Giavotella played college ball at the University of New Orleans and was drafted by the Royals in the second round of the 2008 amateur draft. Giavotella quickly climbed through the minor leagues, hitting at every level he has played at. By 2011 he was perched at Omaha, Kansas City’s AAA team, ready to make the next move to the Major Leagues. Gio was tearing up AAA pitching last summer when the Royals called him up in the beginning part of August. Gio started his big league career, getting two hits and an RBI against the Detroit Tigers. It seemed that it was just the beginning of a long stay in KC for Johnny. Little did he (or we) know what was in store for him.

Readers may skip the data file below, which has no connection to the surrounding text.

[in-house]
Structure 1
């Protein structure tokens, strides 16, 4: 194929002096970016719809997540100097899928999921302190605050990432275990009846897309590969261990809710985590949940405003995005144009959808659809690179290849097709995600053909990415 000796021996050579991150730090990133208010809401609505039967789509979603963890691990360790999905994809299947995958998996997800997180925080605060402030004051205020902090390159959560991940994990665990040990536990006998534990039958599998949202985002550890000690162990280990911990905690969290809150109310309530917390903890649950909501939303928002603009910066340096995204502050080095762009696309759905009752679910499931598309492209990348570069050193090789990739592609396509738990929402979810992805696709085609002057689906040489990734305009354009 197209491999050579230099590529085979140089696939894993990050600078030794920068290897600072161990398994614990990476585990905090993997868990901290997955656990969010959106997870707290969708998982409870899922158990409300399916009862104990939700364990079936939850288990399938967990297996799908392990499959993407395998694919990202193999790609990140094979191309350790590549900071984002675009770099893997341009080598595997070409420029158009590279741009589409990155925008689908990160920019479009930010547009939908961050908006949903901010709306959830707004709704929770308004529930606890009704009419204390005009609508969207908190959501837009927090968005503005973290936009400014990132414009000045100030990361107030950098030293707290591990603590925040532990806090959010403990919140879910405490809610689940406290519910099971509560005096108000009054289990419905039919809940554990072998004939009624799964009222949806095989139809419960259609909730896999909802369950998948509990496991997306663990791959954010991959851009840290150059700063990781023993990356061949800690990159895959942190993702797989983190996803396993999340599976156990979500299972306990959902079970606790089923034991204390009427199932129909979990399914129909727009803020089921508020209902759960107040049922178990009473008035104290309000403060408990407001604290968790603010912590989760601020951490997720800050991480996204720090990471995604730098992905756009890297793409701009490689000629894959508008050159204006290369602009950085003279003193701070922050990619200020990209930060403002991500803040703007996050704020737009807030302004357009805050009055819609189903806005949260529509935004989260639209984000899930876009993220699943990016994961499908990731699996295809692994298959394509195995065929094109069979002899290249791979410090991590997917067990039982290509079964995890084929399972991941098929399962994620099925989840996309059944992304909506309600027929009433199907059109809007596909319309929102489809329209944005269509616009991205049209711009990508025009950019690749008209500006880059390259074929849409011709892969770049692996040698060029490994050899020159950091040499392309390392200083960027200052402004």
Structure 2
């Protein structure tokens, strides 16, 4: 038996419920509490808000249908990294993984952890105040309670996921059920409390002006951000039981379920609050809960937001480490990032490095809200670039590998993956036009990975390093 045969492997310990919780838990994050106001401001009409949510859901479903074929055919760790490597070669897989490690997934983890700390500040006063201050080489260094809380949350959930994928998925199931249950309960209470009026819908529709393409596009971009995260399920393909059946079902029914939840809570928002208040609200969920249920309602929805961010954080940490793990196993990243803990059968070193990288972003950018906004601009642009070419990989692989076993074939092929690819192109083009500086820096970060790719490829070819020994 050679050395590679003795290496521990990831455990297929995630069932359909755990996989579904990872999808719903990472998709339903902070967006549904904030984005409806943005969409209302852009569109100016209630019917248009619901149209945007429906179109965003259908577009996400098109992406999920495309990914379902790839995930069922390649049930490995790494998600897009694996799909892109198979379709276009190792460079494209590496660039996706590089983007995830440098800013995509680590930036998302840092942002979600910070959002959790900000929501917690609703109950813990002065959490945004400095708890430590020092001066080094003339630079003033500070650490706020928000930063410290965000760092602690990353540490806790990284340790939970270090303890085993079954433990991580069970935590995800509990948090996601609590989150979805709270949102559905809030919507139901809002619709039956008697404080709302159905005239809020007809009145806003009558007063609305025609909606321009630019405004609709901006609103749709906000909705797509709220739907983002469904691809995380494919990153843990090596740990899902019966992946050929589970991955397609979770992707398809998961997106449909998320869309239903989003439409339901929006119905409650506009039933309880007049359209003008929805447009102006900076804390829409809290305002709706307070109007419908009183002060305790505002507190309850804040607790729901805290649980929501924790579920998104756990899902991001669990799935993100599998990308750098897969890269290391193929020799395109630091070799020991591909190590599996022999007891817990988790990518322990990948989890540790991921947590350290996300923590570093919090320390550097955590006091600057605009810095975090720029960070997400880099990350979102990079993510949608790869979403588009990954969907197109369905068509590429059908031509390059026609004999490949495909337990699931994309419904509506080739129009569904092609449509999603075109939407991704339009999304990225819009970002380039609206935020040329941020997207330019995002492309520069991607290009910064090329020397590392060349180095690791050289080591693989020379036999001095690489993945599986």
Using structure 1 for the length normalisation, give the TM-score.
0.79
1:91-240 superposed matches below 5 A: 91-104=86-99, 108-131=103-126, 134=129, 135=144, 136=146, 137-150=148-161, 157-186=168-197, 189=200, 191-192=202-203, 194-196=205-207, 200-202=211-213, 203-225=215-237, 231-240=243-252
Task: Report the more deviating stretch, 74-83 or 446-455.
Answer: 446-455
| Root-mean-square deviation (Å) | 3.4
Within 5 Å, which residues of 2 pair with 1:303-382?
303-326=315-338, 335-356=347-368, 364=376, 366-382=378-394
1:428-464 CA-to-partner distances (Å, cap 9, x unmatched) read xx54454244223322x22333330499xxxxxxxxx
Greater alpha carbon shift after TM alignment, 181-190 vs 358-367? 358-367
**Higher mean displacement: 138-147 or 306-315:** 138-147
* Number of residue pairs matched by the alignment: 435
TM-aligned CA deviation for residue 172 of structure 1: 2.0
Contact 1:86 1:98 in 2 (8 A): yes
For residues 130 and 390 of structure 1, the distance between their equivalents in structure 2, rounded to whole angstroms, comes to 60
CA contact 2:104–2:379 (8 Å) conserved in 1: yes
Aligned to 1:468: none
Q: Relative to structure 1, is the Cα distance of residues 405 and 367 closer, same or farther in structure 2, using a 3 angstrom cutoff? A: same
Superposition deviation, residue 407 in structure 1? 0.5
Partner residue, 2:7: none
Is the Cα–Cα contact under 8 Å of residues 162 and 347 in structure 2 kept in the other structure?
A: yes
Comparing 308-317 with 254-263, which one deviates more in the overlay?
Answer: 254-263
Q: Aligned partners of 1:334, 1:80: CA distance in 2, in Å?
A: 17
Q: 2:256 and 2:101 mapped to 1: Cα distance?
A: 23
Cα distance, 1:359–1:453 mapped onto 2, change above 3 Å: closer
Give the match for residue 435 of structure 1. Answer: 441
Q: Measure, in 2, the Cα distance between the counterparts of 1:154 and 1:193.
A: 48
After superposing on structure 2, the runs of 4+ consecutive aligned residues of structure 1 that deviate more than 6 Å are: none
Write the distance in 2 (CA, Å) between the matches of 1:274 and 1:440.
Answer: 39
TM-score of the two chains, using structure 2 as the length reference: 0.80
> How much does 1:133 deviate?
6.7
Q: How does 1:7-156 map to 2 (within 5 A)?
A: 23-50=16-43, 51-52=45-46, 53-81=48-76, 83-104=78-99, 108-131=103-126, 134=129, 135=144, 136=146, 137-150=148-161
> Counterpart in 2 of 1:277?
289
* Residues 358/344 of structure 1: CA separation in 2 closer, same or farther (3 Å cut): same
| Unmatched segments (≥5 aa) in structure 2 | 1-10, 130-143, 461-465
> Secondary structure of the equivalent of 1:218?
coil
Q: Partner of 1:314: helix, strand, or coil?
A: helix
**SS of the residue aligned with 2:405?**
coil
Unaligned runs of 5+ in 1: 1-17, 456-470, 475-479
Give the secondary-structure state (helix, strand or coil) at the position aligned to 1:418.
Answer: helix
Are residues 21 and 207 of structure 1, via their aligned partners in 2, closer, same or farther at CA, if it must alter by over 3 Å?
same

At the end of the season, Giavotella went in for surgery on his hip, which had bothered him during the end of the season. Giavotella had only hit .247 in his two months in the bigs, but he showed enough glimpses of why he could or should be a Major League ballplayer. It seemed that going into spring training, the second base job was his to lose and with him fully healthy, he seemed primed for the new season. Or at least that was the prevalent thinking until the Royals signed free agent infielder Yuniesky Betancourt to be their “backup infielder”, even though he had never been a backup during his entire major league career. Royals fans everywhere wondered just what the team was thinking, and just who Yuni would be taking playing time away from. Basically, we didn’t believe he was just going to be a backup. We got our answer pretty quickly, as early in spring training manager Ned Yost said that Betancourt was in the hunt for the second base job. Most of us saw that coming, but it still seemed like Gio was the favorite. Then Chris Getz changed his batting stance, and learned to hit the ball to the outfield. Yep, next thing we know Getzie is in the mix at second. All of a sudden what seemed like a sure thing was anything but. A few weeks before spring training wrapped up, Giavotella was sent to AAA, as the team said he needed to work on his fielding. It’s not a secret that Johnny isn’t the best with the glove at second. He wasn’t going to have anyone confuse him with Robbie Alomar with the glove, but in one breath saying he was being sent down to work on defense, while in the same breath give playing time to Betancourt at second, who has the range of a rock, it was very obvious that Gio had fallen out of favor.